bestiality

[ bes-chee-al-i-tee, bees- ]
/ ˌbɛs tʃiˈæl ɪ ti, ˌbis- /

noun, plural bes·ti·al·i·ties.

brutish or beastly character or behavior; beastliness.
indulgence in beastlike appetites, instincts, impulses, etc.
an instance of bestial character or behavior.
sexual relations between a person and an animal; sodomy.

Origin of bestiality

1350–1400; Middle English bestial(i)te (< Anglo-French, Middle French) < Medieval Latin bēstiālitās. See bestial, -ity
Dictionary.com Unabridged Based on the Random House Unabridged Dictionary, © Random House, Inc. 2019

Examples from the Web for bestiality

  • They are as deep as Bestiality, cunning and strong, cowering in the shadow of the sacred wood.

    King of Camargue|Jean Aicard
  • Bestiality; fifteen years penal servitude; conspiracy by servant girl, he says.

    The Criminal|Havelock Ellis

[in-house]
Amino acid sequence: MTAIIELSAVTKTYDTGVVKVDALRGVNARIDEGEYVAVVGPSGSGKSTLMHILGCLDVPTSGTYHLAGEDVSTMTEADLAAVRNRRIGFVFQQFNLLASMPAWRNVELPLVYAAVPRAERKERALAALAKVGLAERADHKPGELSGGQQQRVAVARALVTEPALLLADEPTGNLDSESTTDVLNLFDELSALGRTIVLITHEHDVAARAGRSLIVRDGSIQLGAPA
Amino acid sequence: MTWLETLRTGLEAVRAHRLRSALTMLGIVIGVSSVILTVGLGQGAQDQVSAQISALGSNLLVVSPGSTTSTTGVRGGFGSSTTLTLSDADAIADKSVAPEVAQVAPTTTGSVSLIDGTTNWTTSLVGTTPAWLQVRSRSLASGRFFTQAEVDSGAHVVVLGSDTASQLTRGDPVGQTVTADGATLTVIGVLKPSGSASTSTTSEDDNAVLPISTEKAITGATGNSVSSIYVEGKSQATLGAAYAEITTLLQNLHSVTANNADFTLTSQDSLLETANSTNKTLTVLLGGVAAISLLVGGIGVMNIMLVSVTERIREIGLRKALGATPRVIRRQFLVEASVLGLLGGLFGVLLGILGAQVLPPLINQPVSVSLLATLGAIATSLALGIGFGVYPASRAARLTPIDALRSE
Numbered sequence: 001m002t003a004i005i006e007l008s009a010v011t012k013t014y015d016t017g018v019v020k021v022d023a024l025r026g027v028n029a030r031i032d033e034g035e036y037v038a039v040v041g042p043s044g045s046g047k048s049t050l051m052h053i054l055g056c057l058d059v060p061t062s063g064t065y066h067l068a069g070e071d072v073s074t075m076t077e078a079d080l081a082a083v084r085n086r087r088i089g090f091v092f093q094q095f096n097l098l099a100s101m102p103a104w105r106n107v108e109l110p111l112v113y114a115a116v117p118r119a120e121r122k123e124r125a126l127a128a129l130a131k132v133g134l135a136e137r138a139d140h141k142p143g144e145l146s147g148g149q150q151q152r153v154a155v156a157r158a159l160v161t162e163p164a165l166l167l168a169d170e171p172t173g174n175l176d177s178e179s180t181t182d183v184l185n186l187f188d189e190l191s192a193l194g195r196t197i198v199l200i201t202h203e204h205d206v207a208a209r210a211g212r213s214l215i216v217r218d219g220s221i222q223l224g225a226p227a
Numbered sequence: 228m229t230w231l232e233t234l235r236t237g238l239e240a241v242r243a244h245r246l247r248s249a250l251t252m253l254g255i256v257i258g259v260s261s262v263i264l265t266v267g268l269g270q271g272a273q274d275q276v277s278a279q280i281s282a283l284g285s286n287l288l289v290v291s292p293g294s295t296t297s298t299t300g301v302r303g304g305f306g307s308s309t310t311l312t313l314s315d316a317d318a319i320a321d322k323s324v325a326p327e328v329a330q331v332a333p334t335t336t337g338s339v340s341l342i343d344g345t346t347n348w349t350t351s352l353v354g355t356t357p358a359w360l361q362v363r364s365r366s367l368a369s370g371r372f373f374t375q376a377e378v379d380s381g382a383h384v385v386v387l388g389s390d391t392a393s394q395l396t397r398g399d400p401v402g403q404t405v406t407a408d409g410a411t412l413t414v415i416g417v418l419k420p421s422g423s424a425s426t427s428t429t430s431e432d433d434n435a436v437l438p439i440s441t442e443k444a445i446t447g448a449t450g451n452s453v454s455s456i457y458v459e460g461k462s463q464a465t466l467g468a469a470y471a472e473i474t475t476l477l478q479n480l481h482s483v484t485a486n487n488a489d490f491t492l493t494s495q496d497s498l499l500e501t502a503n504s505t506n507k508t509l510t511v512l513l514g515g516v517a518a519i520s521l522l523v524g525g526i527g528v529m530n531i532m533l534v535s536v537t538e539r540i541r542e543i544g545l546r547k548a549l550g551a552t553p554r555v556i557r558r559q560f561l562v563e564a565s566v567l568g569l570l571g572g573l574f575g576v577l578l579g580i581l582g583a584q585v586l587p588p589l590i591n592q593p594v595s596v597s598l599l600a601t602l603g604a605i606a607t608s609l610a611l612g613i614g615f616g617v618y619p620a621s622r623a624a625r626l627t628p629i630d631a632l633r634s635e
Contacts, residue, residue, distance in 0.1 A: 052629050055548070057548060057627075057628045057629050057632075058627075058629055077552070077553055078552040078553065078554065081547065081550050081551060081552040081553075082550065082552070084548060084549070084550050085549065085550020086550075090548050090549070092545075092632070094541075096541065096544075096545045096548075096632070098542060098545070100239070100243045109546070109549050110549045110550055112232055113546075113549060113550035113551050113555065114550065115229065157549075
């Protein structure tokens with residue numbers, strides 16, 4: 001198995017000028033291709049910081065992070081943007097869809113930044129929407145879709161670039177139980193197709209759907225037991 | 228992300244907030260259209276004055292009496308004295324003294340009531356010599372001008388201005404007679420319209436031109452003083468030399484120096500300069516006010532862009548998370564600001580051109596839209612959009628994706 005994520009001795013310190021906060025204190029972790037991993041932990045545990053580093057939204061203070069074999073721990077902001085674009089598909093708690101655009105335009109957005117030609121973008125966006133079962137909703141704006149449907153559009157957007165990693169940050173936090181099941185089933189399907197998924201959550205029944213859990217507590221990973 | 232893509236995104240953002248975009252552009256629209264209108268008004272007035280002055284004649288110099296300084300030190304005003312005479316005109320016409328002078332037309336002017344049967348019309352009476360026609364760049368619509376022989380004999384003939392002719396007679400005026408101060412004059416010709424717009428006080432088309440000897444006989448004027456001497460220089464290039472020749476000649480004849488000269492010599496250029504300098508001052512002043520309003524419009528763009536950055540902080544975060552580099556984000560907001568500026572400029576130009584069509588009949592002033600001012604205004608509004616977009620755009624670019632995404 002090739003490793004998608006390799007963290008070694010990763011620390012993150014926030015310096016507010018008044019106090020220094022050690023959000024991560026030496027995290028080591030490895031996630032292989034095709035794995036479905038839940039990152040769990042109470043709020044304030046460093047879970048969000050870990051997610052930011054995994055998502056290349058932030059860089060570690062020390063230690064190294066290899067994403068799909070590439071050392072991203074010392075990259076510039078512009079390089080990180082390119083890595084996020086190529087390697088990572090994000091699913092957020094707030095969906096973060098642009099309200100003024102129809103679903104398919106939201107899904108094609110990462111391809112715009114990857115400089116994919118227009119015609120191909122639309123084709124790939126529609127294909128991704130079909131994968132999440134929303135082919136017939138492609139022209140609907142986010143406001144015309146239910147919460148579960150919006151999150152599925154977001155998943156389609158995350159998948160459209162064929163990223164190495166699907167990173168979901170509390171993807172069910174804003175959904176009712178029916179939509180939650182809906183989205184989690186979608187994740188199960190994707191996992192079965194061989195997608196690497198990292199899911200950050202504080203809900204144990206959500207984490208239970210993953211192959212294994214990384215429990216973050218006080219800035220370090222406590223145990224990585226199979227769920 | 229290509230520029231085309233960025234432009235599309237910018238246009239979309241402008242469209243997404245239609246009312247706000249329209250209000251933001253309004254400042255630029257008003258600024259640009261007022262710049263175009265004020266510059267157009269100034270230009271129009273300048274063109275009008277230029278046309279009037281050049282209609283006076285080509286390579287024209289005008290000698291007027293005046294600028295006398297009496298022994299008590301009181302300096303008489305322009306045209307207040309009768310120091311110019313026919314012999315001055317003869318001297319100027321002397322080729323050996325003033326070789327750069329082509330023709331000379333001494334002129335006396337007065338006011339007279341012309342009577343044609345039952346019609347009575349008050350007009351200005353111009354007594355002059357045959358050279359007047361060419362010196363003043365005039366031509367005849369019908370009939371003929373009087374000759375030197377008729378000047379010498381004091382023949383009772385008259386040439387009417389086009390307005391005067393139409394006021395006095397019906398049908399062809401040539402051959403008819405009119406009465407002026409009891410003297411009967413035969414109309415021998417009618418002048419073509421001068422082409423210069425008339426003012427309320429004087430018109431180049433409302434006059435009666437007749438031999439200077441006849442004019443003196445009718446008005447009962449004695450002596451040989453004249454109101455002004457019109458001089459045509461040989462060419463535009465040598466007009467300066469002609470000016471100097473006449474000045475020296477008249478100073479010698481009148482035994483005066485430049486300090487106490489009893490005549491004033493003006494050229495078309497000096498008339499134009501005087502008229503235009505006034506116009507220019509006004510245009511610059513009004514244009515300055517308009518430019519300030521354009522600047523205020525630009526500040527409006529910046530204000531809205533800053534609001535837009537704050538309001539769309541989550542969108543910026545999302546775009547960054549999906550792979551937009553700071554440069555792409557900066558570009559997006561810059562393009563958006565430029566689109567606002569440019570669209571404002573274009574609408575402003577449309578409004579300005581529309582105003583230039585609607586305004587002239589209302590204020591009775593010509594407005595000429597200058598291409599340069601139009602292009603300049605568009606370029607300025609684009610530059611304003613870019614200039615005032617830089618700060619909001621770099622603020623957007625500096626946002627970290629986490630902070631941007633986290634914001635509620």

• Bestiality of life was once common enough to attract no attention.

    The Meaning of Evolution|Samuel Christian Schmucker
  • Bestiality is not rare in women who are also subject to this filthy, obnoxious and degenerative practice.

    The Sexual Question|August Forel

British Dictionary definitions for bestiality

bestiality

/ (ˌbɛstɪˈælɪtɪ) /

noun plural -ties

bestial behaviour, character, or action
sexual activity between a person and an animal
Collins English Dictionary - Complete & Unabridged 2012 Digital Edition © William Collins Sons & Co. Ltd. 1979, 1986 © HarperCollins Publishers 1998, 2000, 2003, 2005, 2006, 2007, 2009, 2012

Word Origin and History for bestiality

bestiality


n.

late 14c., "the nature of beasts," from bestial + -ity. Meaning "indulgence in beastly instincts" is from 1650s; sense of "sexual activity with a beast" is from 1611 (KJV).

Online Etymology Dictionary, © 2010 Douglas Harper

Medicine definitions for bestiality

bestiality

[ bĕs′chē-ălĭ-tē, bēs′- ]

n.

The quality or condition of being an animal or like an animal.
Conduct or an action marked by depravity or brutality.
Sexual relations between a human and an animal.
The American Heritage® Stedman's Medical Dictionary Copyright © 2002, 2001, 1995 by Houghton Mifflin Company. Published by Houghton Mifflin Company.